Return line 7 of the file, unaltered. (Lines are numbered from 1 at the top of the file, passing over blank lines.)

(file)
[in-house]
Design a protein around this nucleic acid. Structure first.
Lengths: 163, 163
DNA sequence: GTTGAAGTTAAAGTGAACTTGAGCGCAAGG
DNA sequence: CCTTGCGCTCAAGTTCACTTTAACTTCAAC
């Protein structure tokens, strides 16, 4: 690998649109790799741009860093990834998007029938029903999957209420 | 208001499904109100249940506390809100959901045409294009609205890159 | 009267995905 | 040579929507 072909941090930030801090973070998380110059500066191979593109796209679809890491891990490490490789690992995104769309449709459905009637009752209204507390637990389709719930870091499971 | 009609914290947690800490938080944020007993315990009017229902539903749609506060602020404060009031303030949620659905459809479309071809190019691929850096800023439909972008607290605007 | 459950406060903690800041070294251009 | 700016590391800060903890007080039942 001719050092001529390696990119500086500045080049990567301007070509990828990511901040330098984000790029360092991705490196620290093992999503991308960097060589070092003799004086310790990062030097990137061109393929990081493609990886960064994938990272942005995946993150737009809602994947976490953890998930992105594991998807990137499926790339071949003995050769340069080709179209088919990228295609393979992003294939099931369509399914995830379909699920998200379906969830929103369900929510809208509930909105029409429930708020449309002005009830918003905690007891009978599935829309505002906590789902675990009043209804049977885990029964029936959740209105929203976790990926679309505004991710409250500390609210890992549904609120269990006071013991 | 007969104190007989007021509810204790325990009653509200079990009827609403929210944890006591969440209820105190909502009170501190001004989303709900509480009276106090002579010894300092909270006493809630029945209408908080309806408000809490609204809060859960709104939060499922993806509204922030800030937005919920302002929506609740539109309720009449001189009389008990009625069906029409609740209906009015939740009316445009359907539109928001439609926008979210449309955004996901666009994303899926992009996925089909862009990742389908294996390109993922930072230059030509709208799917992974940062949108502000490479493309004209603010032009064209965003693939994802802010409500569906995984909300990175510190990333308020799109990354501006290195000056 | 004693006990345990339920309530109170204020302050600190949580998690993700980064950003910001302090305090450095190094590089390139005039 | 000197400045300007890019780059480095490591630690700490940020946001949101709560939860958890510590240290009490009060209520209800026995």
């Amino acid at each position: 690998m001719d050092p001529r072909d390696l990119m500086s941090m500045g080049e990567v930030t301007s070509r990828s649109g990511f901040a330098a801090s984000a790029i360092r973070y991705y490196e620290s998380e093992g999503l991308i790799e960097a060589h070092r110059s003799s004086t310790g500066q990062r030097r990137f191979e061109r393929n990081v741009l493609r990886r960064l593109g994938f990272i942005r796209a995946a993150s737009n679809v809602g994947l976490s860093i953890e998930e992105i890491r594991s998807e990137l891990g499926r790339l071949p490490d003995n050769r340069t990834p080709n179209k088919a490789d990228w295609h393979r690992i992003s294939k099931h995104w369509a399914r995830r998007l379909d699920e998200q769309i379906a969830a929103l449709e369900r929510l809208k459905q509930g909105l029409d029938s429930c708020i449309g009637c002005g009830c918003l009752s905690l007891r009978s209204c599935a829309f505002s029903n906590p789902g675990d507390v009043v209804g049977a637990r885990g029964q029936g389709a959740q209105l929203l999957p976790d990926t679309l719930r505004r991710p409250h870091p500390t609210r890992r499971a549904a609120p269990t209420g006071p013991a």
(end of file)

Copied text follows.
């Amino acid at each position: 690998m001719d050092p001529r072909d390696l990119m500086s941090m500045g080049e990567v930030t301007s070509r990828s649109g990511f901040a330098a801090s984000a790029i360092r973070y991705y490196e620290s998380e093992g999503l991308i790799e960097a060589h070092r110059s003799s004086t310790g500066q990062r030097r990137f191979e061109r393929n990081v741009l493609r990886r960064l593109g994938f990272i942005r796209a995946a993150s737009n679809v809602g994947l976490s860093i953890e998930e992105i890491r594991s998807e990137l891990g499926r790339l071949p490490d003995n050769r340069t990834p080709n179209k088919a490789d990228w295609h393979r690992i992003s294939k099931h995104w369509a399914r995830r998007l379909d699920e998200q769309i379906a969830a929103l449709e369900r929510l809208k459905q509930g909105l029409d029938s429930c708020i449309g009637c002005g009830c918003l009752s905690l007891r009978s209204c599935a829309f505002s029903n906590p789902g675990d507390v009043v209804g049977a637990r885990g029964q029936g389709a959740q209105l929203l999957p976790d990926t679309l719930r505004r991710p409250h870091p500390t609210r890992r499971a549904a609120p269990t209420g006071p013991a």